Adopt a Bird
Help us to help them
Caring for injured, abused and mistreated Birds of Prey is a time consuming, costly business. You can help by offering to adopt any of our birds.
The adoption fee goes directly into helping to rehabilitate, house, re-home or in the case of wild birds release back into the wild.
So far we have had many success's, including treating injured Tawny Owl's and Kestrel's and releasing them back to the wild where they came from.
In return to show our appreciation we will email you a printable certificate. A plaque showing your details will be displayed in relation to your adopted bird.
12 Month Adoption Fee: £24.99
Lily was found in the middle of a housing estate, almost dead. Barn Owls are fragile birds but are readily available to those who know nothing about them or how to care for them. Lily was drastically underweight, which is extremely dangerous to a Barn Owl; they only weigh about 9 ounces. The equipment around her legs, which we call anklets and are made out of leather are usually totally comfortable for the birds, hers were so tight that they were completely embedded and her skin had begun to grow around the leather. This was extremely painful and traumatic for Lily. Lily has also now fully recovered and lives very happily.
Rosie was found as a chick, she had fallen from her nest near a garden and was found by a member of the public. Rosie was handled and transferred to a veterinary surgery. She was the passed on to us at Falconrydays. Due to being moved away from the nest and handled by humans in the very early stage of her life Rosie became 'imprinted' on humans and can now never be released back into the wild as it would be both a danger to herself and humans she came into contact with due to her familiarity with people. Rosie would not be able to hunt and would quickly perish. Although rescuing Tawny Owl chicks from ground seems like the correct thing to do, they often do not need rescued and their parents will be near-by. If necessary the chick could be moved somewhere a little more sheltered but many Tawny Owls are now in captivity when they could be surviving well in the wild.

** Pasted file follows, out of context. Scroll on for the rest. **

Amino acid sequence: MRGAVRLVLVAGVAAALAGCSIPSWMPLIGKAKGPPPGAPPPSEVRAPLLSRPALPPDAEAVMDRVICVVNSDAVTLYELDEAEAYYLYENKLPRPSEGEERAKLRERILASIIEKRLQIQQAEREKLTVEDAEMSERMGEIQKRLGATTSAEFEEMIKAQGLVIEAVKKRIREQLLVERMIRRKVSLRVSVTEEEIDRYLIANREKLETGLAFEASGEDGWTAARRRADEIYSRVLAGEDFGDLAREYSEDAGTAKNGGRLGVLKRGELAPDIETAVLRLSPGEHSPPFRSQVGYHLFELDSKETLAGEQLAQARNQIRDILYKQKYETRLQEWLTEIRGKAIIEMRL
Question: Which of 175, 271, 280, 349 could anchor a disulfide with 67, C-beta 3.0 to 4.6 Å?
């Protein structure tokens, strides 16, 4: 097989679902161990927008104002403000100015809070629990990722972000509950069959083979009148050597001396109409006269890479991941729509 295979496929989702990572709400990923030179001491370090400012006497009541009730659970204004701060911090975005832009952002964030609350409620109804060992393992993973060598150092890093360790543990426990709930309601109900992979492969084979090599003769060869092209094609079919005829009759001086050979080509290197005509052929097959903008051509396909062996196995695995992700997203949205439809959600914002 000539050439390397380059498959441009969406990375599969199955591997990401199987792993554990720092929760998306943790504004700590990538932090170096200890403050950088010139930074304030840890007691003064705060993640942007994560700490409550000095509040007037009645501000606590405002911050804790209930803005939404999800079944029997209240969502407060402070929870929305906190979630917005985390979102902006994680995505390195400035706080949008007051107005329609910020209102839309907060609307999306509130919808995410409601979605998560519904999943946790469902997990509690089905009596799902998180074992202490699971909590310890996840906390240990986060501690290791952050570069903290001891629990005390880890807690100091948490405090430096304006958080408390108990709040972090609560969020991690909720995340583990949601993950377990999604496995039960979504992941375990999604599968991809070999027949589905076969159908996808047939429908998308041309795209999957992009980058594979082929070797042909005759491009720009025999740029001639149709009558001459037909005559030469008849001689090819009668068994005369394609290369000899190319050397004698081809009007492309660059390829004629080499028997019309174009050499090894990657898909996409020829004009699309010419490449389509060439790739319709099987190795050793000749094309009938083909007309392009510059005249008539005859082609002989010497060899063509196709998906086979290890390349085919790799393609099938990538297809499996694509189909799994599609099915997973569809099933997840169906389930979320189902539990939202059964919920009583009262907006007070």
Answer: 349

Rosie will live the rest of her days happily at Falconrydays.
African-Spotted Eagle Owl
George is the smallest of the Eagle Owls and was handed to us by the police. He was confiscated from his previous owners who abused or mis-treated in some way; we aren't sure exactly what George went through before reaching Falconrydays. George is now part of our demonstration team although he has a dislike for any male falconers!
Falconry Days bought Bobbie when he was only a few days old. Whilst we were hand-rearing him he became ill and had to visit various veterinary practices. It was insisted that Bobbie stay in for observation one night, as he was on medication for conjunctivitis, rhinitus and sinisitus. Bobbie came back even worse, and it was eventually discovered he had contracted samonella food poisoning. We spent weeks tube feeding Bobbie every couple of hours, 24 hours a day and ensuring he got the correct medication. He eventually pulled through and is still part of Falconry Days about 9 years later.
We bought a two week old Snowy Owl chick about 7 years ago – Sneugle (Sneugle is Danish for Snowy Owl).
Sneugle has been hand reared and she plays a regular part in our flying displays. The female Snowy Owl is not the classic pure white, but shows a lot of black markings on her feathers too. The male would be completely white. By adopting Sneugle, you help other sick and injured birds – both wild and captive birds.
European Eagle Owl
Mr Spock was found on the edge of starvation in a box inside an empty house. Wing and Prayer Animal Rescue took Mr Spock on and cared for him. A few months ago Falconrydays took a recovered and very healthy Mr Spock on to free up space and time at Wing and Prayer for some more sick and injured animals.
Mr Spock is now a favourite in our flying displays! He will live with us now till the end of his days.